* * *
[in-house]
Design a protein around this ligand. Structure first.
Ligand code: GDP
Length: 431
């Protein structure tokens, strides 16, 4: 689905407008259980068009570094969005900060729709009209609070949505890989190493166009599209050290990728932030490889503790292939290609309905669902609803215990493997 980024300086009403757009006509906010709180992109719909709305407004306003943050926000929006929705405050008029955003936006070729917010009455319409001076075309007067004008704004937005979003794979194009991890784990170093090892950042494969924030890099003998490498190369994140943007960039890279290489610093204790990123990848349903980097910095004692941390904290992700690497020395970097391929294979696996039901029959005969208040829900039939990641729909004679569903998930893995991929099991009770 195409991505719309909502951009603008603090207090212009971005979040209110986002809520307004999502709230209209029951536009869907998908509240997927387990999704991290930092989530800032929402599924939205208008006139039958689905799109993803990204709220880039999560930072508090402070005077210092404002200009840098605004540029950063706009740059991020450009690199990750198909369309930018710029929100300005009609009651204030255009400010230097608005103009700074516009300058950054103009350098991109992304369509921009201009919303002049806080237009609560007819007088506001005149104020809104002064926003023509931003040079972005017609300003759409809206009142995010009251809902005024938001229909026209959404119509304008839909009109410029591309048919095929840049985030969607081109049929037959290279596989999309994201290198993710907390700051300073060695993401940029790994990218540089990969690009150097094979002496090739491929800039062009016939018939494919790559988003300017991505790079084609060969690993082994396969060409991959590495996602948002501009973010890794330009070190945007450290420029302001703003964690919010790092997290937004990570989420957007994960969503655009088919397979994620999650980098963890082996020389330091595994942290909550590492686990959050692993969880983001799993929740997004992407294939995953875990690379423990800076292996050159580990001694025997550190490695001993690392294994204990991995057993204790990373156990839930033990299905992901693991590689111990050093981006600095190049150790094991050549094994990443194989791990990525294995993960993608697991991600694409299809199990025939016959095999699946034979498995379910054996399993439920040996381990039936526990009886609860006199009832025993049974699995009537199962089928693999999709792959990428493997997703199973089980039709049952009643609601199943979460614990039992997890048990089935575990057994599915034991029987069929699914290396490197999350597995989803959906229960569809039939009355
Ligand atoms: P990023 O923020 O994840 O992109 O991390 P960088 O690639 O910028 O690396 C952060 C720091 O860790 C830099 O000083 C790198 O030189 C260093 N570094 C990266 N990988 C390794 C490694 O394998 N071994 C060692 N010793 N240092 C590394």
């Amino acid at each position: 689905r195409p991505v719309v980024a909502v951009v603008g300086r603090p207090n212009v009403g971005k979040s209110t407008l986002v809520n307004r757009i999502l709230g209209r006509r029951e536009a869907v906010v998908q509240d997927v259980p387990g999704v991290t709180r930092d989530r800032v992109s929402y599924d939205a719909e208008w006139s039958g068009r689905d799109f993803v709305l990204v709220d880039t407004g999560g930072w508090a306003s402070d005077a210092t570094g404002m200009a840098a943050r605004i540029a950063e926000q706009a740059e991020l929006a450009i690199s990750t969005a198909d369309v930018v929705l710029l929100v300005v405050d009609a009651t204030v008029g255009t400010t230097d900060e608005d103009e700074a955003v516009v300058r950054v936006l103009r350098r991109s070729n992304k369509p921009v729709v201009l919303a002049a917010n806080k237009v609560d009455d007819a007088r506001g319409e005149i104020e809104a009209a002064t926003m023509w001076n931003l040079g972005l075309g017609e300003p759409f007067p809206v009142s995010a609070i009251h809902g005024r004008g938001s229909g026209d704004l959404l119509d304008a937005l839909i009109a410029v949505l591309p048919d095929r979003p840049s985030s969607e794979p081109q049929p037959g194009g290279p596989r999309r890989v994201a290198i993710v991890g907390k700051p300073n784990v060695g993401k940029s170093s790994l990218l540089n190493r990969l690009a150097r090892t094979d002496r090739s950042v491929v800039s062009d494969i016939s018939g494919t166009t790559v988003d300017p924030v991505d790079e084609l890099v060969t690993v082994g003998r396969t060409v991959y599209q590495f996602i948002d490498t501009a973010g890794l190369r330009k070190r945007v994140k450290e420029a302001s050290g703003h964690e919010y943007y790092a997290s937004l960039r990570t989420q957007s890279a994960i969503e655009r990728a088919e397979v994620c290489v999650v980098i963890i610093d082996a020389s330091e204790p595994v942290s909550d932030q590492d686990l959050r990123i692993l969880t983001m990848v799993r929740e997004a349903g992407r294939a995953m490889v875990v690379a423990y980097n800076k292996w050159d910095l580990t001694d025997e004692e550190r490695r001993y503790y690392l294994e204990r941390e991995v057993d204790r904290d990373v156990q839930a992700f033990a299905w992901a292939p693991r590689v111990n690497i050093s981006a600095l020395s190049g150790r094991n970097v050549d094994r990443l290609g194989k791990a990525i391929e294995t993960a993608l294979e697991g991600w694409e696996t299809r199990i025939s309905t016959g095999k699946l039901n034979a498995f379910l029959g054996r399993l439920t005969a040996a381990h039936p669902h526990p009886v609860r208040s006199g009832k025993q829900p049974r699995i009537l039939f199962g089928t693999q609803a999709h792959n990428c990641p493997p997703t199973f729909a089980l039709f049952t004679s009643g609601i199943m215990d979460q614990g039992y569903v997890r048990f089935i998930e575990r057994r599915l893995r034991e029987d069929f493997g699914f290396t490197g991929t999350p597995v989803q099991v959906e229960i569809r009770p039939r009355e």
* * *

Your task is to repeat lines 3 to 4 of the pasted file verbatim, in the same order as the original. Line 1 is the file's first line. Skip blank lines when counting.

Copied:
Ligand code: GDP
Length: 431